Dozens gathered on a cold and wet Sunday morning at Green Street Cemetery to commemorate Dr. Elisha Story of Marblehead, a known participant in the Boston Tea Party.
2023 marks the 250th anniversary of the Boston Tea Party, the historical event that involved American colonists dumping hundreds of chests of tea into the harbor in protest of being taxed by the British without representation. The Boston Tea Party Ships and Museum (BTPSM) and Revolution 250, an effort made up by various organizations to honor the 250th anniversary of events that led to the American Revolution, have set out to place commemorative markers on every known participant’s gravesite by Dec. 16, 2023. To date, 121 markers have already been placed.
“Of course, ceremonies such as this one are part of these commemorative efforts honoring those who risked everything to take part in an act of protest that would ultimately define a nation,” said BTPSM Creative Manager Evan O’Brien at the beginning of the ceremony.
Story was born in 1743, and was 30 years old at the time the Tea Party occurred. He became a doctor and a surgeon during the Revolutionary War, and practiced in and around the area of Boston. In 1765, his practice was broken into during the Stamp Act Riots, and he witnessed the testimony of several people during the Boston Massacre Trial.
On November 29, 1773, Story volunteered to guard the Dartmouth as the East India Company tea was entering Boston Harbor.
BTPSM Research Coordinator Kristin Harris said that finding and researching some participants in the Tea Party were challenging, but researching Story was an easier task.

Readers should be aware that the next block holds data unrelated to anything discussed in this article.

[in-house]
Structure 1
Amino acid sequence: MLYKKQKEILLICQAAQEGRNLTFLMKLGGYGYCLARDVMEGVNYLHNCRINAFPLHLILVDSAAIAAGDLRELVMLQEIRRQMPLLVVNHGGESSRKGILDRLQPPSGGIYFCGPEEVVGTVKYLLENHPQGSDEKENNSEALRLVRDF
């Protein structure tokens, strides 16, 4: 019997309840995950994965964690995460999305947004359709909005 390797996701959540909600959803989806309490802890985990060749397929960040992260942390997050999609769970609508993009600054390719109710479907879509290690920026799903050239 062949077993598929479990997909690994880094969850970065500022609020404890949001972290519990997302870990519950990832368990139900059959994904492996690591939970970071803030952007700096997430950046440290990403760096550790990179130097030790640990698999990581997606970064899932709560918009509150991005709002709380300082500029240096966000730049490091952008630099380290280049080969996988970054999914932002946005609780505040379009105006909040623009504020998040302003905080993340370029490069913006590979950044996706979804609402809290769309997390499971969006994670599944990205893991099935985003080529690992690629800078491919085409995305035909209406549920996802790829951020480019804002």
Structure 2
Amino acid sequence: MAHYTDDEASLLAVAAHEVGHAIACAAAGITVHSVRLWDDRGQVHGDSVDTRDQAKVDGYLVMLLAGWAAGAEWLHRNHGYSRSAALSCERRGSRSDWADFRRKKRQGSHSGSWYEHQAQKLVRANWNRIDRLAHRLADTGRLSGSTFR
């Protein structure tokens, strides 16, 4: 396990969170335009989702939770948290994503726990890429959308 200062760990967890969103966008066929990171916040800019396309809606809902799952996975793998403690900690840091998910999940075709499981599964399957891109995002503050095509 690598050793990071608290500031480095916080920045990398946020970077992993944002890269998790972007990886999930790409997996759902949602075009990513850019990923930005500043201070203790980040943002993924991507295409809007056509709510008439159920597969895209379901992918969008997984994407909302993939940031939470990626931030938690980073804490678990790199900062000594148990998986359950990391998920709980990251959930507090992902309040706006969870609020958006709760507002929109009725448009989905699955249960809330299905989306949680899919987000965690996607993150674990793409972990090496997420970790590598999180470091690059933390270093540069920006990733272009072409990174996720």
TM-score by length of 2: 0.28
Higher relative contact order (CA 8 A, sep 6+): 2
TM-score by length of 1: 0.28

“He was a very well-known historical figure and also a very well-to-do person in society so oftentimes people like Dr. Story, it’s not that hard because they have a decent record,” said Harris. “Some of our working class people, it’s very very difficult because they don’t have as much.”
Many of Story’s descendants were in attendance for the commemoration, including Judith Goodwin O’Leary, who called the commemoration a “special” event.
“Of course we’re proud of him,” she said.
William Cloutman, another of Story’s descendants who attended the commemoration, said that he feels a sense of pride living in a town with such a rich history.
“One of the gentlemen was talking about pride and the town, and I absolutely feel that,” said Cloutman. “I am so, so proud to be from Marblehead.”
After the Tea Party, Story, according to his pension records, served in Capt. Cogswell’s company, which responded to Lexington and Concord and was supposedly present in the Revolutionary War battles fought in those locations.
Story eventually started his own practice in Marblehead and married Ruth Ruddock, before marrying a second time to Mehitable Pedrick following Ruddock’s death. He had 20 children between his two marriages and after an eventful life, Story passed away on August 27, 1805.
“Our hope is that these markers will encourage visitors to remember and reflect upon the deeds of the common yet critically important citizens that are responsible for the formative years of our region and our nation,” said O’Brien.
He thanked Pam Peterson from the Marblehead Historical Commission, Town Historian Don Doliber, the Cemetery Commission’s Cathy Kolbiaka, and Eric Berg from the Philanthropic Lodge of Marblehead, where Story was Worshipful Master, for their efforts in making the ceremony possible. Revolution 250 Coordinator Jonathan Lane gave his remarks before the ceremonial marker was placed alongside Story’s grave. A gun salute was performed at the end of the commemoration by members of Glover’s Regiment.